It occurred to me today that by using public (or semi-public), social services for bookmarking (del.icio.us), tagging, event listing (Upcoming.org), and goal listing (43Things), i’m essentially taking information that I would traditionally hate a company to have, and making it publically available.
With tagging, i’m even taking care of classifying and organizing my traditionally private information – what i’m interested in, where I’m going, what i’d like to do.
My usual attitude towards data mining is that it’s a bad thing for privacy. So what does that mean when I don’t want companies like Choicepoint compiling general personal information? It’s an aversion to any company trying to aggregate information about me without my consent. It’s creepy to think that my old addresses and phone numbers are on sale for the highest bidder. What else might someone be able to buy?
But then, I look at my use of del.icio.us, and it’s almost like a sort of cognitive dissonance. I’m basically providing a public profile of keywords that i’m interested in, connected to both my real name and my personal blog. I look at Upcoming, and there’s a list of events that i’m interested in, along with keywords associated with those events. Taking a gander at 43Things, and I list goals of my own as well as things i’ve done.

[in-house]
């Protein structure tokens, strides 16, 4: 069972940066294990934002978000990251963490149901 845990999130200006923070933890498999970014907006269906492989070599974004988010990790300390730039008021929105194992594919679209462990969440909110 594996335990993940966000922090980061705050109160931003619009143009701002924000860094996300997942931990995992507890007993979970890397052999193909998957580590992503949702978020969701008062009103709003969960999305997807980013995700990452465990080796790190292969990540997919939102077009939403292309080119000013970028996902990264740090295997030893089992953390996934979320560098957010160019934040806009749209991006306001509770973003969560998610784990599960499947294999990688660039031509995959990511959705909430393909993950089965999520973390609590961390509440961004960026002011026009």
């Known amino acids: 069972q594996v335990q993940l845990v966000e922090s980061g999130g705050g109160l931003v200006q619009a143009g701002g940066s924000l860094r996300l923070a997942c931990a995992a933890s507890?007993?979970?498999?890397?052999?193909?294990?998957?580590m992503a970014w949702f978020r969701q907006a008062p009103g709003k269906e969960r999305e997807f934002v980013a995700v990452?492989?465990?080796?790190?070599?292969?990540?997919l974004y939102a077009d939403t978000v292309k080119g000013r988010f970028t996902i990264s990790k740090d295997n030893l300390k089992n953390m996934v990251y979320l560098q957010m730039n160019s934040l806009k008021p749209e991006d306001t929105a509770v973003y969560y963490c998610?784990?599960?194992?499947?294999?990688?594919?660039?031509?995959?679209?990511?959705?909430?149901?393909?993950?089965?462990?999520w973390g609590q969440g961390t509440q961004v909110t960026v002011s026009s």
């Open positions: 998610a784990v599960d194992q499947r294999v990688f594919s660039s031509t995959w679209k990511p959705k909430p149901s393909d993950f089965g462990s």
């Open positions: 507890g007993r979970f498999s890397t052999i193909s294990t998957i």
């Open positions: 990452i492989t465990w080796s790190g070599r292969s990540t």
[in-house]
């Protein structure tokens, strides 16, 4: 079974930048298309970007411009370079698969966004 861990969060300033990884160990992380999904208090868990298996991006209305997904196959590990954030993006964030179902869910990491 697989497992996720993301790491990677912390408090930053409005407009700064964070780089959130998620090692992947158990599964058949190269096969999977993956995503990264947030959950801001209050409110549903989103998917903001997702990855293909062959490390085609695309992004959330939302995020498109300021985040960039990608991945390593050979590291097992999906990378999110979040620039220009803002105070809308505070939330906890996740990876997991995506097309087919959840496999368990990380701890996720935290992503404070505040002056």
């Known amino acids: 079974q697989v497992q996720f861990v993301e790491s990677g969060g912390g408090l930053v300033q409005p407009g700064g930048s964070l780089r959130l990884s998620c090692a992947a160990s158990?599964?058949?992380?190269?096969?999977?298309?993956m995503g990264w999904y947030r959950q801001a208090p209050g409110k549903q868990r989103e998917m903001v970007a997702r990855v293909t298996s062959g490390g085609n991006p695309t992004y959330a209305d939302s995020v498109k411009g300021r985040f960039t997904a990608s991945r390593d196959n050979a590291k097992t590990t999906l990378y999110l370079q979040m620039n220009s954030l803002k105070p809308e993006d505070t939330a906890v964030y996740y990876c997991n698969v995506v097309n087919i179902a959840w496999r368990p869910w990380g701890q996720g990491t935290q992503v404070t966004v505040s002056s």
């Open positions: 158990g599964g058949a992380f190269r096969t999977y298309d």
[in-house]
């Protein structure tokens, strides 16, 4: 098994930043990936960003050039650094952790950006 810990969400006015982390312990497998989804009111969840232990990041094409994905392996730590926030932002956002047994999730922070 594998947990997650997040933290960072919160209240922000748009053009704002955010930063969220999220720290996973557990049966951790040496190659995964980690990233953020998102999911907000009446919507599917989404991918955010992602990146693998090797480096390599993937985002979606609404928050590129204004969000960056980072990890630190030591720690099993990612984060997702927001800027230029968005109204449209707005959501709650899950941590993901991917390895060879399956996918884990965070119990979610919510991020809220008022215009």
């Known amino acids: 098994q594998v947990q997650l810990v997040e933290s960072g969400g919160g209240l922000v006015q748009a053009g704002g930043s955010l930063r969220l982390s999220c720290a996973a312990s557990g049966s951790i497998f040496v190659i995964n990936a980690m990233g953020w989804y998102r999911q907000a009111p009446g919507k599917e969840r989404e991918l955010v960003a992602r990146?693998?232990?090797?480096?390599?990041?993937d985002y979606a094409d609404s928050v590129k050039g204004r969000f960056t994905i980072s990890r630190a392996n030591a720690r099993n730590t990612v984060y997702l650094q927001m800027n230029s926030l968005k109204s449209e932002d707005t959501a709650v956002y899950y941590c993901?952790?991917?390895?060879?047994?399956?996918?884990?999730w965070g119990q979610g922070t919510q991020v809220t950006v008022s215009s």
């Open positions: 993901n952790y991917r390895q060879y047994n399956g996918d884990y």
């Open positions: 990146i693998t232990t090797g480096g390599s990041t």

Put that all together – you could theoretically data mine a pretty extensive profile of someone’s online interests by using open API’s from all these services. But it’s not like anyone’s invading your privacy to extract that info – you’re inverting your privacy preferences by putting it up for the world to see in many cases.
Sure, you might limit it to FOAF in certain privacy-aware networks, but it’s still centralized somewhere.
But is it outweighed by the community usefulness of such tools? I think it’s worth it to consider for a second that all information you’re publishing and tagging on these services is basically public information. But it’s so handy, that I’m almost okay with it.